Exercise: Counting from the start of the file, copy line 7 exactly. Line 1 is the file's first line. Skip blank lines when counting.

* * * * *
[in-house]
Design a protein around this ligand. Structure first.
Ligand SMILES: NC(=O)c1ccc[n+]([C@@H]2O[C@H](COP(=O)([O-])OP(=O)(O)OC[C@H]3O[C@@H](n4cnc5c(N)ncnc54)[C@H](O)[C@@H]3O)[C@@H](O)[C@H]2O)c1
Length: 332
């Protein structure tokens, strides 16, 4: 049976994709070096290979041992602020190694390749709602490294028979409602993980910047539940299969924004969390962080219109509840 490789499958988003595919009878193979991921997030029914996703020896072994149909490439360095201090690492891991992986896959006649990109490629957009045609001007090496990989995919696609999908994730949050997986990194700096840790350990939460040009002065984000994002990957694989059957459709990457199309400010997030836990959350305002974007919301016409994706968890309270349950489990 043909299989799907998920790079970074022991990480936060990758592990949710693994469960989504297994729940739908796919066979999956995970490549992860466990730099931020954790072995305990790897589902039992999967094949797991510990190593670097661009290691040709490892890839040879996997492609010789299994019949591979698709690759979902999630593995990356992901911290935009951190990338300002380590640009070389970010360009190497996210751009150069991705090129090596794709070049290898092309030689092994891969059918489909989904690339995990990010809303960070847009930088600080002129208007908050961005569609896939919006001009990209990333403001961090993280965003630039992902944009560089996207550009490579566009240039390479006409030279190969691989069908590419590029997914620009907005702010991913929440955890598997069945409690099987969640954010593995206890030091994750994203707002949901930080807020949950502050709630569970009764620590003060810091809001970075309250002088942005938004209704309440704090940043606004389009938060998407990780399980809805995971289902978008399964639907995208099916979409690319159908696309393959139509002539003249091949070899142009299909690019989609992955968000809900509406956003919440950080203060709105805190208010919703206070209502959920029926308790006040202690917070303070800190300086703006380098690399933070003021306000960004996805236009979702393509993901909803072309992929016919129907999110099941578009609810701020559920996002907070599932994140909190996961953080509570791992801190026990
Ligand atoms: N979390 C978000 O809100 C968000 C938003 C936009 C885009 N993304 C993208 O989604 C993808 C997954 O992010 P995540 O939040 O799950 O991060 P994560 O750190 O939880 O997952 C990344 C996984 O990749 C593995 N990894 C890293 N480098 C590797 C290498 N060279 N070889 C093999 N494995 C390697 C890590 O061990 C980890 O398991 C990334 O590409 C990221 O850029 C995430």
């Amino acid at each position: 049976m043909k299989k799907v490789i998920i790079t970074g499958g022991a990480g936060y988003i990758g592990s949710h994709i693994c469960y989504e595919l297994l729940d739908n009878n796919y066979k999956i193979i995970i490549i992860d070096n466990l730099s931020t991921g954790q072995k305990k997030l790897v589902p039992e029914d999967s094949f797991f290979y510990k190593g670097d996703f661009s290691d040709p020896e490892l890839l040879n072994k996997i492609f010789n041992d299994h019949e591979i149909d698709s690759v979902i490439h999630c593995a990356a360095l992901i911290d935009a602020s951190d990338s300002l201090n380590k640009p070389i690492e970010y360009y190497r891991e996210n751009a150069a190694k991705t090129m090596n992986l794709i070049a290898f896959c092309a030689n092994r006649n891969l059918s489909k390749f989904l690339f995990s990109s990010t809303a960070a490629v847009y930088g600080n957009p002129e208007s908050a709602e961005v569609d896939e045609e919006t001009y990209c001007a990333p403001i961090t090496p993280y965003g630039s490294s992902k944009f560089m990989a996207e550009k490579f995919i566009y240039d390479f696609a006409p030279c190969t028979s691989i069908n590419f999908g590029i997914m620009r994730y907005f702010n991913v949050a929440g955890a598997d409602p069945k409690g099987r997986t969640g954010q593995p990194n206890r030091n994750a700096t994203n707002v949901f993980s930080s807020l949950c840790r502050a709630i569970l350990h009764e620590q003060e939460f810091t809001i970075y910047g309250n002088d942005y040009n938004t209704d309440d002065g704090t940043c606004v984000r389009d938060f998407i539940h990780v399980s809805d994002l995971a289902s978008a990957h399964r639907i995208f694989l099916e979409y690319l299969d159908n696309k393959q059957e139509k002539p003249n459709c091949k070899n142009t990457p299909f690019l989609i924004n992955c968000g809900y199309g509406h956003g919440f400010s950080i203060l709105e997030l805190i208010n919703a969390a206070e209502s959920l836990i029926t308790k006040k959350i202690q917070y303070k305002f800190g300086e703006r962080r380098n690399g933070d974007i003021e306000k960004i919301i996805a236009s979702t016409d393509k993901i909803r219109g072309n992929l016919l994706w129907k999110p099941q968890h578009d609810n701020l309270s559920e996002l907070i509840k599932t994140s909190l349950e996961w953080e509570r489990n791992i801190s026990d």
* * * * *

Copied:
């Amino acid at each position: 049976m043909k299989k799907v490789i998920i790079t970074g499958g022991a990480g936060y988003i990758g592990s949710h994709i693994c469960y989504e595919l297994l729940d739908n009878n796919y066979k999956i193979i995970i490549i992860d070096n466990l730099s931020t991921g954790q072995k305990k997030l790897v589902p039992e029914d999967s094949f797991f290979y510990k190593g670097d996703f661009s290691d040709p020896e490892l890839l040879n072994k996997i492609f010789n041992d299994h019949e591979i149909d698709s690759v979902i490439h999630c593995a990356a360095l992901i911290d935009a602020s951190d990338s300002l201090n380590k640009p070389i690492e970010y360009y190497r891991e996210n751009a150069a190694k991705t090129m090596n992986l794709i070049a290898f896959c092309a030689n092994r006649n891969l059918s489909k390749f989904l690339f995990s990109s990010t809303a960070a490629v847009y930088g600080n957009p002129e208007s908050a709602e961005v569609d896939e045609e919006t001009y990209c001007a990333p403001i961090t090496p993280y965003g630039s490294s992902k944009f560089m990989a996207e550009k490579f995919i566009y240039d390479f696609a006409p030279c190969t028979s691989i069908n590419f999908g590029i997914m620009r994730y907005f702010n991913v949050a929440g955890a598997d409602p069945k409690g099987r997986t969640g954010q593995p990194n206890r030091n994750a700096t994203n707002v949901f993980s930080s807020l949950c840790r502050a709630i569970l350990h009764e620590q003060e939460f810091t809001i970075y910047g309250n002088d942005y040009n938004t209704d309440d002065g704090t940043c606004v984000r389009d938060f998407i539940h990780v399980s809805d994002l995971a289902s978008a990957h399964r639907i995208f694989l099916e979409y690319l299969d159908n696309k393959q059957e139509k002539p003249n459709c091949k070899n142009t990457p299909f690019l989609i924004n992955c968000g809900y199309g509406h956003g919440f400010s950080i203060l709105e997030l805190i208010n919703a969390a206070e209502s959920l836990i029926t308790k006040k959350i202690q917070y303070k305002f800190g300086e703006r962080r380098n690399g933070d974007i003021e306000k960004i919301i996805a236009s979702t016409d393509k993901i909803r219109g072309n992929l016919l994706w129907k999110p099941q968890h578009d609810n701020l309270s559920e996002l907070i509840k599932t994140s909190l349950e996961w953080e509570r489990n791992i801190s026990d």